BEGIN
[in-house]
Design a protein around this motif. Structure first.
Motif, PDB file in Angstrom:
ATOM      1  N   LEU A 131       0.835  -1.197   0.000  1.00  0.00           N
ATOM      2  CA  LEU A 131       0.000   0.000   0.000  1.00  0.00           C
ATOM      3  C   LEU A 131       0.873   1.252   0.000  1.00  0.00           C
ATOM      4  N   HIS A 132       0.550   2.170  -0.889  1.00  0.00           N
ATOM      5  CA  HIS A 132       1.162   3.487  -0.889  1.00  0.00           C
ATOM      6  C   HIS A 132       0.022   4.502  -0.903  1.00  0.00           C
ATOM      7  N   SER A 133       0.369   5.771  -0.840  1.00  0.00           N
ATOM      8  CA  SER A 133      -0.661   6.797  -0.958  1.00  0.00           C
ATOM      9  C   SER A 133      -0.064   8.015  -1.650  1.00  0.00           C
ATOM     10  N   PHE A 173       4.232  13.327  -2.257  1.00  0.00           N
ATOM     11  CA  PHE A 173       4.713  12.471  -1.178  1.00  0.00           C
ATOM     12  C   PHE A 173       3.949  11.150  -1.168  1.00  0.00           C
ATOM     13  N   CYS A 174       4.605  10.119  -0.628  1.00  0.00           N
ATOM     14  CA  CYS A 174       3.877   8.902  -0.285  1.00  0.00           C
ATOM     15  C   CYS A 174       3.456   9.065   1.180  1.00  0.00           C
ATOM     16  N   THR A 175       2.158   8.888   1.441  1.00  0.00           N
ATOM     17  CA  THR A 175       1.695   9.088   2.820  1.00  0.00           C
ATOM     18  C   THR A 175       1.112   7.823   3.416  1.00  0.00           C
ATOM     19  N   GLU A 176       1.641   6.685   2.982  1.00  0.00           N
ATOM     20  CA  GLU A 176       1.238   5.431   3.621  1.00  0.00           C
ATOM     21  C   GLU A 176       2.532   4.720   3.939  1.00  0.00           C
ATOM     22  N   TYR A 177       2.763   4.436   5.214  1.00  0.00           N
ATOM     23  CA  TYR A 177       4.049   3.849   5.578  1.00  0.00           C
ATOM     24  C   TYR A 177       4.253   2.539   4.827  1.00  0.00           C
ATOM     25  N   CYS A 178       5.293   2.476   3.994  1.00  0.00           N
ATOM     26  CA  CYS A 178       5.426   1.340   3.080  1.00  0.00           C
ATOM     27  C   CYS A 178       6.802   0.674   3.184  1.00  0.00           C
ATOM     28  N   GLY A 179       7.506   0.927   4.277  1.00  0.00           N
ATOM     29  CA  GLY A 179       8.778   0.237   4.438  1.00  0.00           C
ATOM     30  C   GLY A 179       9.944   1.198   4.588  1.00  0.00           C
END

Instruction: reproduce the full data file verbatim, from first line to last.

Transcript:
[in-house]
Design a protein around this motif. Structure first.
Motif, PDB file in Angstrom:
ATOM      1  N   LEU A 131       0.835  -1.197   0.000  1.00  0.00           N
ATOM      2  CA  LEU A 131       0.000   0.000   0.000  1.00  0.00           C
ATOM      3  C   LEU A 131       0.873   1.252   0.000  1.00  0.00           C
ATOM      4  N   HIS A 132       0.550   2.170  -0.889  1.00  0.00           N
ATOM      5  CA  HIS A 132       1.162   3.487  -0.889  1.00  0.00           C
ATOM      6  C   HIS A 132       0.022   4.502  -0.903  1.00  0.00           C
ATOM      7  N   SER A 133       0.369   5.771  -0.840  1.00  0.00           N
ATOM      8  CA  SER A 133      -0.661   6.797  -0.958  1.00  0.00           C
ATOM      9  C   SER A 133      -0.064   8.015  -1.650  1.00  0.00           C
ATOM     10  N   PHE A 173       4.232  13.327  -2.257  1.00  0.00           N
ATOM     11  CA  PHE A 173       4.713  12.471  -1.178  1.00  0.00           C
ATOM     12  C   PHE A 173       3.949  11.150  -1.168  1.00  0.00           C
ATOM     13  N   CYS A 174       4.605  10.119  -0.628  1.00  0.00           N
ATOM     14  CA  CYS A 174       3.877   8.902  -0.285  1.00  0.00           C
ATOM     15  C   CYS A 174       3.456   9.065   1.180  1.00  0.00           C
ATOM     16  N   THR A 175       2.158   8.888   1.441  1.00  0.00           N
ATOM     17  CA  THR A 175       1.695   9.088   2.820  1.00  0.00           C
ATOM     18  C   THR A 175       1.112   7.823   3.416  1.00  0.00           C
ATOM     19  N   GLU A 176       1.641   6.685   2.982  1.00  0.00           N
ATOM     20  CA  GLU A 176       1.238   5.431   3.621  1.00  0.00           C
ATOM     21  C   GLU A 176       2.532   4.720   3.939  1.00  0.00           C
ATOM     22  N   TYR A 177       2.763   4.436   5.214  1.00  0.00           N
ATOM     23  CA  TYR A 177       4.049   3.849   5.578  1.00  0.00           C
ATOM     24  C   TYR A 177       4.253   2.539   4.827  1.00  0.00           C
ATOM     25  N   CYS A 178       5.293   2.476   3.994  1.00  0.00           N
ATOM     26  CA  CYS A 178       5.426   1.340   3.080  1.00  0.00           C
ATOM     27  C   CYS A 178       6.802   0.674   3.184  1.00  0.00           C
ATOM     28  N   GLY A 179       7.506   0.927   4.277  1.00  0.00           N
ATOM     29  CA  GLY A 179       8.778   0.237   4.438  1.00  0.00           C
ATOM     30  C   GLY A 179       9.944   1.198   4.588  1.00  0.00           C